Cover Yang Xue Fei. Photo by Neil Muir.

Xuefei Yang, the first guitarist in China to enter a music school, will perform Chinese folk-inspired guitar music to ring in the new year in Hong Kong.

Internationally celebrated Chinese classical guitarists like Xuefei Yang are rare, as western music was banned during China’s Cultural Revolution of the 1960s and 1970s. “The guitar was associated with pop music, the Beatles, the image of having long hair and hooligans, and jeans were seen as a symbol of capitalism,” Yang says. “For a communist country, it’s not a very nice image.” But born in Beijing after the Cultural Revolution, Yang had the opportunity to take up the instrument as a hobby. When she was ten, her open-minded parents took her to the first Guitar Festival in Zhuhai, where she was the only junior contestant.

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Yang went on to study at the Central Conservatory of Music and become the first guitar student to graduate in the mainland. She has since performed in more than 50 countries, collaborated with top music talents such as Irish flute player Sir James Galway, and appeared at the BBC Proms, Britain’s annual summer season of daily classical music concert. Gramophone magazine has praised her as one of the “leading innovators of her generation for continuing to build the guitar repertoire”.

She recently stepped in for Miloš Karadaglić when the Montenegro superstar guitarist could not make it to Hong Kong due to travel restrictions, and will perform in the Hong Kong Philharmonic Orchestra’s New Year Celebration concert on December 29 and 30.

Here, Yang shares what a day in her life is like when she’s preparing for a concert.

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Life on the road as a guitarist can be quite busy, so I make sure that I get some practice done in the morning after a simple breakfast of bread, a boiled egg and some coffee. That way, I can separate my hours of practice to make sure I don’t strain my hands and fingers.

Guitarists are similar to athletes in the sense that is it very important to warm up our muscles before practising. I design warm-up exercises for myself: sometimes I play parts of different pieces of music; sometimes I run through a combination of technical skills that help me memorise the long pieces that I perform; and sometimes I listen to renditions played by other musicians as a reference for my own interpretation.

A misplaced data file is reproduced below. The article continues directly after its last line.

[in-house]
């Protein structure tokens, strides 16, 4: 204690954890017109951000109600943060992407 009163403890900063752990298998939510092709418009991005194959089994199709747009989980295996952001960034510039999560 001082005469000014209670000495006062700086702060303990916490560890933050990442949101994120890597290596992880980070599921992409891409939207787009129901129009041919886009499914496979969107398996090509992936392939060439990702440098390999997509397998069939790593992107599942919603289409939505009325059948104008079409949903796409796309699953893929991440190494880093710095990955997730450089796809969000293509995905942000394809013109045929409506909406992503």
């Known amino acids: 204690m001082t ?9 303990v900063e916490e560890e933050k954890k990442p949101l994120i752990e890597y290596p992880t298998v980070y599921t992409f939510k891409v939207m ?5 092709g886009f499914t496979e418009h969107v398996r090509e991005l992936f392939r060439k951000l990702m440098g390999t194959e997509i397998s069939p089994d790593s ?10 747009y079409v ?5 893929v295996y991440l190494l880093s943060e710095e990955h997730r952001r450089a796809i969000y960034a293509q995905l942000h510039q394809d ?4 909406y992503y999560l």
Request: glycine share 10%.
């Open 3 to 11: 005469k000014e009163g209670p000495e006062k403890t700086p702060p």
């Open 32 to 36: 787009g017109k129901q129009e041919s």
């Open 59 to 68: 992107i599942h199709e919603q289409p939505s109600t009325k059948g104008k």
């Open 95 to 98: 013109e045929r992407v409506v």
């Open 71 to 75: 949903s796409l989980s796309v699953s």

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How much I practise depends on the programme I’m performing; for the upcoming New Year Celebration, I’m playing three pieces: one Chinese piece and two western pieces, Romance No. 3 and No. 4 by John Brunning. When I was a child, I would practise for more than four hours. But nowadays, four is my maximum. The Chinese piece, Fantasy on a Lovely Rose in Xinjiang, was written by Chinese composer Fu Renchang particularly for me; since he doesn’t play the guitar, he asked me to contribute the cadenza, which is the solo part. To prepare for it, I listen to Xinjiang music or similar folk tunes to get inspiration.

I think the guitar is well suited to Chinese music. There are a lot of plucked instruments in China, such as guzheng and pipa, and the tembor lute from Xinjiang. A lot of plucked instruments, including the guitar, can be traced back 3,000 years to the Middle East. When I was at the Central Conservatory of Music in Beijing, I was exposed to both the western and Chinese instruments, so I feel that I am the perfect person to play Chinese music on the guitar.

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In the afternoon, I like going for a walk, jogging or cycling, but when I’m travelling, maintaining a routine is a challenge because my schedule changes every day. I try to sleep at least seven to nine hours a night and eat healthily by cutting down on carbs and red meat; I also do this for environmental reasons.

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The evening is when I’m at my best, and in the mood for playing music. Sometimes if I don’t have events or interviews to attend, I rehearse with the orchestra.

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Before my performance, I tune my guitar. Guitars are like human beings; each one can be very different and you have to look after them by changing the strings and tuning them. I have about ten models, including a 19th-century guitar for playing Romantic music or an acoustic-electric guitar into which I can plug in an amplifier. But when I’m travelling, it’s hard to bring more than one. I brought the Australian Greg Smallman guitar with me to Hong Kong. It produces richest sounds and biggest volume, so it’s perfect for live performances. I nicknamed it the “Bigger Man”; it has been my main performance guitar since 2000.

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After a performance or rehearsal, I like putting my hands under warm running water. It’s like showering my hands, and it relaxes my tired muscles; sometimes lifting things or unscrewing a bottle can be difficult after the long hours. I rarely massage my hands since it can be dangerous, so if I go for a massage, I’ll tell the masseur to avoid my hands. I like ending the day by curling up on the sofa and watching movies with my partner.

‘A Day In The Life’ is a Tatler weekly cultural series, which delves into the lives of tastemakers in Hong Kong’s arts scene.


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